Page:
So far, in most major economies, inflation is expected to return to target over the medium term.[20] In the euro area, investors do not currently expect high debt levels to cause inflation to persistently deviate from the target, in spite of an upward shift to levels slightly above 2 percent, speaking in favour of central bank credibility and monetary dominance (Slide 12, right-hand side).

Monetary policy must stay focused on price stability

Fiscal policy is hence at risk of contributing to inflation at a time when price pressures remain unabated. Inflation in the euro area has continued to surprise on the upside, and significantly so. While fears of a technical recession have increased, economic data surprises have recently also turned positive (Slide 13, left-hand side).

In this situation, monetary policy must remain firmly focused on its mandate and restore price stability as quickly as possible. Determined policy action by the ECB has already led to a notable tightening of financing conditions. Euro area real GDP-weighted sovereign yields have increased across the maturity spectrum since the turnaround in monetary policy in December 2021.

Yet, real rates remain in negative territory for most tenors, meaning policy is likely too accommodative (Slide 13, right-hand side). Markets’ expectations of a “pivot” have recently worked against our efforts to withdraw policy accommodation, bringing the actual policy stance further away from the stance that is required to bring inflation back to target.

This raises the risks that first round effects from higher energy and food prices eventually turn into second round effects. The longer inflation is unacceptably high, the larger the risk that inflation expectations adjust in a way that puts medium-term price stability at risk.[21]

According to ECB staff analysis, higher perceived inflation appears to have a substantial impact on households’ inflation expectations, and this impact has been rising (Slide 14, left-hand side).

As a result, inflation expectations of households have been on a notable upward trend, and a significant share of survey respondents expect a sustained period of high inflation (Slide 14, right-hand side). Surveys among professional forecasters yield very similar results.[22]

Hence, recent financial market developments, broad-based fiscal stimulus and high inflation persistence call for further determined action to prevent a de-anchoring of inflation expectations. At present, the largest risk for central banks remains a policy that is falsely calibrated on the assumption of a fast decline in inflation, and hence on an underestimation of inflation persistence.[23]

In light of this, we will need to raise interest rates further, probably into restrictive territory, so as to ensure that inflation returns to our medium-term inflation target as quickly as possible and second-round effects do not materialise.

Incoming data so far suggest that the room for slowing down the pace of interest rate adjustments remains limited, even as we are approaching estimates of the “neutral” rate.

The extraordinarily large degree of uncertainty surrounding such estimates implies that they cannot serve as a yardstick to inform the appropriate pace of interest rate adjustments. Instead, policy needs to remain data dependent.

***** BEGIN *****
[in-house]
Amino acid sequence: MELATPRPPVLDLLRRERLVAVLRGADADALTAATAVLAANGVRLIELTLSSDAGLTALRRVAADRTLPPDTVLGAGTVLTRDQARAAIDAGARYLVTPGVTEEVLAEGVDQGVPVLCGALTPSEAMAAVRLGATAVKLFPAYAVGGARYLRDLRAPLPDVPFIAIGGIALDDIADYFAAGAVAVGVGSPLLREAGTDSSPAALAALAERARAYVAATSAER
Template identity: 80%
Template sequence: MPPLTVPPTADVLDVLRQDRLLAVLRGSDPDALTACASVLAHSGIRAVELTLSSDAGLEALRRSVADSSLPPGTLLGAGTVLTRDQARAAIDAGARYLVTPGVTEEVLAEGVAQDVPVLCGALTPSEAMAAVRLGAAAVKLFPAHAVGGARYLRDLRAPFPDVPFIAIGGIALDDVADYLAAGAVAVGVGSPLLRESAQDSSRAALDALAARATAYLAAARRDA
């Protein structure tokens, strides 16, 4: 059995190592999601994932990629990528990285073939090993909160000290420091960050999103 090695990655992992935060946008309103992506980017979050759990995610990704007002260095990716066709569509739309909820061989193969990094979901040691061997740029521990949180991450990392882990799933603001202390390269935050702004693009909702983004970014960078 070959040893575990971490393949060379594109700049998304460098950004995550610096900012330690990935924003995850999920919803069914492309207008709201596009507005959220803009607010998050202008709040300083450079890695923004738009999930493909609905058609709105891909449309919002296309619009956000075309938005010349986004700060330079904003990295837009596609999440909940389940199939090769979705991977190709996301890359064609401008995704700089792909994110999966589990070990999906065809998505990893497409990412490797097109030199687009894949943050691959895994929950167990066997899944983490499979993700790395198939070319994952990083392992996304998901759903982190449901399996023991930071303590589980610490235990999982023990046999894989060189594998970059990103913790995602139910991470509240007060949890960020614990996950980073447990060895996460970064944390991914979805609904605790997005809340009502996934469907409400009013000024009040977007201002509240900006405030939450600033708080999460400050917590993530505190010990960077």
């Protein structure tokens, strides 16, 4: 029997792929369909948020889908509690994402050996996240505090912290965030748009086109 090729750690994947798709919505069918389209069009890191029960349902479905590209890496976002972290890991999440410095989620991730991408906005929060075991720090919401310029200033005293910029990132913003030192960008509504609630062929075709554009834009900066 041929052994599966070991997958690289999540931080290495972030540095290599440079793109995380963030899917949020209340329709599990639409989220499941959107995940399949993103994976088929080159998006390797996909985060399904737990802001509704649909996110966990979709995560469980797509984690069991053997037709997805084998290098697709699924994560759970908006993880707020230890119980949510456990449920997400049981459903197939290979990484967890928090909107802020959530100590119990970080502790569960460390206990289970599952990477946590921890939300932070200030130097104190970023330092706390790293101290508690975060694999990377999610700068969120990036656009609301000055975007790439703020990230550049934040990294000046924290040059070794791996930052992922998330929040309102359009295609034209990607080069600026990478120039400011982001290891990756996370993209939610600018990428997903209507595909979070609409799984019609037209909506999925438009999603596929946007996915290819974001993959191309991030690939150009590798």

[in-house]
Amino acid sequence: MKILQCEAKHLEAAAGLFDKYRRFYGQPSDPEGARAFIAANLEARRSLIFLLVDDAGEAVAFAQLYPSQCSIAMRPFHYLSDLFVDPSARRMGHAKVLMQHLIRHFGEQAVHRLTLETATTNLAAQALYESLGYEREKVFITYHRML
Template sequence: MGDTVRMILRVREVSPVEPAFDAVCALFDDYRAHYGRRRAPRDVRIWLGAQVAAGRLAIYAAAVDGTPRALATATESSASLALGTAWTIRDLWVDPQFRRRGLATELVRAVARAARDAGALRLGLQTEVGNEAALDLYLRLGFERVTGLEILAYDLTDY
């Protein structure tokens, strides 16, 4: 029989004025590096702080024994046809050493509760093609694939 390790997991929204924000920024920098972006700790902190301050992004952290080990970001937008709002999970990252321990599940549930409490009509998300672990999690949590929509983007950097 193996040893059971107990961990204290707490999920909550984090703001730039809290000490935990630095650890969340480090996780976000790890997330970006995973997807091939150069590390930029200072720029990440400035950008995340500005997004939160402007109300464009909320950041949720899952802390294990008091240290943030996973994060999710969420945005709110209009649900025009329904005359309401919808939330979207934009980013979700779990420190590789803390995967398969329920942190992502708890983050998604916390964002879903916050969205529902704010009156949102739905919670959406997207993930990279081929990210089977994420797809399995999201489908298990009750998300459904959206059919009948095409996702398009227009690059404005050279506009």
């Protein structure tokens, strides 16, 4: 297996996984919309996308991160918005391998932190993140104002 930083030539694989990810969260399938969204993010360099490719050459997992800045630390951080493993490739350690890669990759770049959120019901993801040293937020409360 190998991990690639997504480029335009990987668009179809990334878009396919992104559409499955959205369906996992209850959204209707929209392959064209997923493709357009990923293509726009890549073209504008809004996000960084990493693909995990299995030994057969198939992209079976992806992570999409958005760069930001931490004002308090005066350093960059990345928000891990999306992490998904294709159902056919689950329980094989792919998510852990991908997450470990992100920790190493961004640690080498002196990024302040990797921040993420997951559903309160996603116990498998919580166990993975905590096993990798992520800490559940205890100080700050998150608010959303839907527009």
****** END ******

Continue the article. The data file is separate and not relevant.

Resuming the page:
While interest rates will remain the key instrument for calibrating our monetary policy stance, we will complement our actions with a measured and predictable normalisation of our monetary policy bond portfolio. In our December policy meeting, we will lay out the principles for our balance sheet reduction.

At the same time, we continue to stand ready to counter fragmentation in financial markets that is not justified by economic fundamentals and hampers the smooth transmission of our monetary policy throughout the entire euro area.

Our toolkit – PEPP flexibility, the Transmission Protection Instrument (TPI) and the Outright Monetary Transactions (OMT) programme – allows us to swiftly respond to destabilising dynamics in financial markets. But the use of this toolkit also relies on an effective fiscal framework, making a timely agreement on a credible European fiscal framework all the more important.


Let me conclude.

In the pandemic crisis, monetary and fiscal policies reinforced each other, preventing a collapse of the euro area economy.

In the current environment, there is a risk that monetary and fiscal policies may pull in opposite directions, leading to a suboptimal policy mix. Many fiscal measures that are popular among the electorate, such as tight price caps or broad-based subsidies, risk fuelling medium-term inflation further, which could ultimately force monetary policy to raise interest rates beyond the level that would be seen as appropriate without fiscal stimulus.

Governments need to internalise the effects of their actions on future inflation and monetary policy. They should support fiscal sustainability and price stability by targeting their measures to the most vulnerable parts of society, fostering potential growth and accelerating the green transition. Such measures would dampen inflationary pressures over the medium to long run.

Monetary policy can best contribute to macroeconomic stability and social welfare by ensuring a timely return of inflation to target, thereby preserving people’s purchasing power, and supporting investment by reducing uncertainty.

Thank you.

  1. Schnabel, I. (2021), “Unconventional fiscal and monetary policy at the zero lower bound”, speech at the Third Annual Conference organised by the European Fiscal Board, 26 February. Reichlin, L., Ricco, G. and Tarbé, M. (2021), “Monetary-Fiscal Crosswinds in the European Monetary Union”, CEPR Discussion Paper Series, No 16138, Centre for Economic Policy Research, May.